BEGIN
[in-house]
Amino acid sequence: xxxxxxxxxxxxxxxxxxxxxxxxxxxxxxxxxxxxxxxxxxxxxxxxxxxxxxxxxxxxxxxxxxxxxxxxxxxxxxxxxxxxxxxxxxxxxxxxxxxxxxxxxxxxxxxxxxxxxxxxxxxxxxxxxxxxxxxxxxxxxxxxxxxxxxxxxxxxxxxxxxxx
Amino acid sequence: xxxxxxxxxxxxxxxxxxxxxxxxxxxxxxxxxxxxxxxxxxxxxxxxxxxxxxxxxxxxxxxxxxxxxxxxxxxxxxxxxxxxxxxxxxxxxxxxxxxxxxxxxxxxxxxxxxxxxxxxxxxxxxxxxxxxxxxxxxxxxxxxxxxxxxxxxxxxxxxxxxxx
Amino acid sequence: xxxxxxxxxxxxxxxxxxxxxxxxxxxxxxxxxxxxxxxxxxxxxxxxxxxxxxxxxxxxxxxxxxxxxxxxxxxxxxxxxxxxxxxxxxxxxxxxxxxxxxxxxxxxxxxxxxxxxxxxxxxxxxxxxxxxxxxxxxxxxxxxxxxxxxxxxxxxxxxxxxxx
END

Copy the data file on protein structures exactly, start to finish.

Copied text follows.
[in-house]
Amino acid sequence: xxxxxxxxxxxxxxxxxxxxxxxxxxxxxxxxxxxxxxxxxxxxxxxxxxxxxxxxxxxxxxxxxxxxxxxxxxxxxxxxxxxxxxxxxxxxxxxxxxxxxxxxxxxxxxxxxxxxxxxxxxxxxxxxxxxxxxxxxxxxxxxxxxxxxxxxxxxxxxxxxxxx
Amino acid sequence: xxxxxxxxxxxxxxxxxxxxxxxxxxxxxxxxxxxxxxxxxxxxxxxxxxxxxxxxxxxxxxxxxxxxxxxxxxxxxxxxxxxxxxxxxxxxxxxxxxxxxxxxxxxxxxxxxxxxxxxxxxxxxxxxxxxxxxxxxxxxxxxxxxxxxxxxxxxxxxxxxxxx
Amino acid sequence: xxxxxxxxxxxxxxxxxxxxxxxxxxxxxxxxxxxxxxxxxxxxxxxxxxxxxxxxxxxxxxxxxxxxxxxxxxxxxxxxxxxxxxxxxxxxxxxxxxxxxxxxxxxxxxxxxxxxxxxxxxxxxxxxxxxxxxxxxxxxxxxxxxxxxxxxxxxxxxxxxxxx